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    Since peicing is not my favorite thing I often try one block before I even purchase any fabrics. If I got to frustrated or it didn't look like I hoped I am only out a little bit of fabric. I belong to two differnt guilds that have a regular BOM. I sometimes try one of their patterns if it looks good. To be truthful I have made very many quilts but rarely ones that are made from complicated blocks that I pieced.

  14. #14
    Moderator sharon b's Avatar
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    Now I feel stupid... never thought to do a practice block :oops: Will have to start doing that and as you say save them for another quilt :lol: See I learn something here everyday :thumbup:

  15. #15
    Super Member ghostrider's Avatar
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    I don't use other people's patterns, free or purchased, but if you do, a sample block is also a great way to find any errors that the pattern writer made before you cut all the fabric for a quilt.

  16. #16
    Power Poster MadQuilter's Avatar
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    I started doing practice blocks a while ago. It is a great way to test the size of the finished block, check the cutting and sewing order, and test out pressing the seams in a helpful manner. Recently, I joined the monthly block swap. I can try out new patterns, or refine known patterns in the color line of my swap partner and I get a block in my color selection back. So it's a win-win.

    If you don't want to make a sampler quilt, you can always donate the blocks to someone who is making charity quilts.

  17. #17
    Power Poster oksewglad's Avatar
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    I've never made a sample block-really don't know why. Have some Farmer's Daughter blocks that are fine by themselves but when I put them with coordinating fabrics they just scream at me. Friend told me to tea dye or better yet fabric dye to subdue the color. Think I'll give it a try.

  18. #18
    Moderator littlehud's Avatar
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    That is what I should be doing and just don't. What a great idea to preview the block first and what a wonderful sampler quilt they all would make.

  19. #19

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    Hi,
    I sometimes use the sample blocks for the center of a table runner. Makes a useful item for a gift.
    Peewee from Pa.

  20. #20
    Super Member Elisabrat's Avatar
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    That is a pretty darned good idea. Sometimes blocks look so simple to make and arent so I bag the idea after one block. Colors are hard for many so seeing it in reality would be smart. High five for the suggestion. There could always be a block swap here too for those who don't like theirs but love someone elses!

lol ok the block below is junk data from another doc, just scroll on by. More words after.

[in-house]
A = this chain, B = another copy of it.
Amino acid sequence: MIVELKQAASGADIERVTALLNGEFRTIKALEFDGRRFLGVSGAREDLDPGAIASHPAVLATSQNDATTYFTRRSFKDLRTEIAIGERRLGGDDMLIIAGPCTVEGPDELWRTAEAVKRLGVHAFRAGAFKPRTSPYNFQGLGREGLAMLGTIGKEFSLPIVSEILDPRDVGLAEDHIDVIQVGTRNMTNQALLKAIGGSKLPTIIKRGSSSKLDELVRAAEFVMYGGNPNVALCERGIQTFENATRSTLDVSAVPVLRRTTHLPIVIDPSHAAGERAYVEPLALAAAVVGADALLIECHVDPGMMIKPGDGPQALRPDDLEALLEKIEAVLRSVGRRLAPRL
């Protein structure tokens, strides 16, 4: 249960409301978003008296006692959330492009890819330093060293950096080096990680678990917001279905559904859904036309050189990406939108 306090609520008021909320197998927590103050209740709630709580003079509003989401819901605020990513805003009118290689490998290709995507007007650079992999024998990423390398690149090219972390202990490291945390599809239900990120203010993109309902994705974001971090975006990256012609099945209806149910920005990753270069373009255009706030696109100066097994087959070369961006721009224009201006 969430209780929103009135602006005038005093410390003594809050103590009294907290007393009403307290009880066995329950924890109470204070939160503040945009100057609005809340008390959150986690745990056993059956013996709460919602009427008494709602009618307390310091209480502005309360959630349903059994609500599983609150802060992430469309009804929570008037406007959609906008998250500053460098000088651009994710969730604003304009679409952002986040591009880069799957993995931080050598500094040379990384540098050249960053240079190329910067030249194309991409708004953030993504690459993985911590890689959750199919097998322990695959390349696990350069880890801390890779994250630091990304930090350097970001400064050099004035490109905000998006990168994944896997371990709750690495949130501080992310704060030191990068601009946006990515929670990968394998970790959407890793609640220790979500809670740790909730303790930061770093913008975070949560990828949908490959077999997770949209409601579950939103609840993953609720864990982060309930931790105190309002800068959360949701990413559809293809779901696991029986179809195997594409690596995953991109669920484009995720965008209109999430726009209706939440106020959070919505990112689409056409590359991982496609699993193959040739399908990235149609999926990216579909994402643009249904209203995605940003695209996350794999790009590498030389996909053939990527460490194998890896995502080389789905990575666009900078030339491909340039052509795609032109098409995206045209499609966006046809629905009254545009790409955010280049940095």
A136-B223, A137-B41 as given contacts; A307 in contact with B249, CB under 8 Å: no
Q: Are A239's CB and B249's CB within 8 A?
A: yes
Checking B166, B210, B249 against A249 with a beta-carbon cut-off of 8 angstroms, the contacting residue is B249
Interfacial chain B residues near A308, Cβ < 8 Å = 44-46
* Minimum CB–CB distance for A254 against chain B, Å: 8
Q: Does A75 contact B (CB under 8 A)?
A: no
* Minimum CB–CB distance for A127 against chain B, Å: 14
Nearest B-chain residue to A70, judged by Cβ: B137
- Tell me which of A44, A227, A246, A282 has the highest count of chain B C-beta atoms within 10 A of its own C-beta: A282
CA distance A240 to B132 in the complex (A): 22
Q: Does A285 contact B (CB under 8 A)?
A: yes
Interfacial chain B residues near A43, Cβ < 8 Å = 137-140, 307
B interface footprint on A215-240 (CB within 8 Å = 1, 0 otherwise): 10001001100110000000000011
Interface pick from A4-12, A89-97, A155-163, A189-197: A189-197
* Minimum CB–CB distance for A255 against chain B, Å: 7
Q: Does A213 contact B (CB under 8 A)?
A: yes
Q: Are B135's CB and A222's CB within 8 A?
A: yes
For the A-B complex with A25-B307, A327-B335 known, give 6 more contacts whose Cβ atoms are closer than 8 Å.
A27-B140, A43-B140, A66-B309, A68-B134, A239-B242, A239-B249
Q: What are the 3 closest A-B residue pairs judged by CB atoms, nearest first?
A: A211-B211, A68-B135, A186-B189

21. #21
    Junior Member crazicorn's Avatar
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    Quote Originally Posted by Bevanger
    sometimes i try a block to see what all it takes, or to see what it looks like
    I've done the same and also to audition 2 blocks in order to decide which one I may want to use.

  22. #22
    Super Member Lneal's Avatar
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    I have never done a practice block. What do most quilters find with the advantage in this? Sorry I have not been quilting but 3 yrs.

  23. #23
    FinelyFabricated's Avatar
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    I often do a practice block especially when it's my own design. It helps when I'm deciding which fabric goes where, sometimes the fabrics work together but not right next to each other.

    I also design quilts. It helps me know if my sizes are right before I send the pattern to the testers.

    Now I just need to get back to designing.

  24. #24
    Super Member sewjoyce's Avatar
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    Quote Originally Posted by lneal
    I have never done a practice block. What do most quilters find with the advantage in this? Sorry I have not been quilting but 3 yrs.
    It helps me decide whether I REALLY want to make that block or just admire it from afar.... :lol:

  25. #25
    Super Member ghostrider's Avatar
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    Quote Originally Posted by lneal
    I have never done a practice block. What do most quilters find with the advantage in this? Sorry I have not been quilting but 3 yrs.
    This whole discussion has been about the advantages of doing sample/practice/test blocks. It's your decision to weigh whether or not you might benefit based on the experiences of others.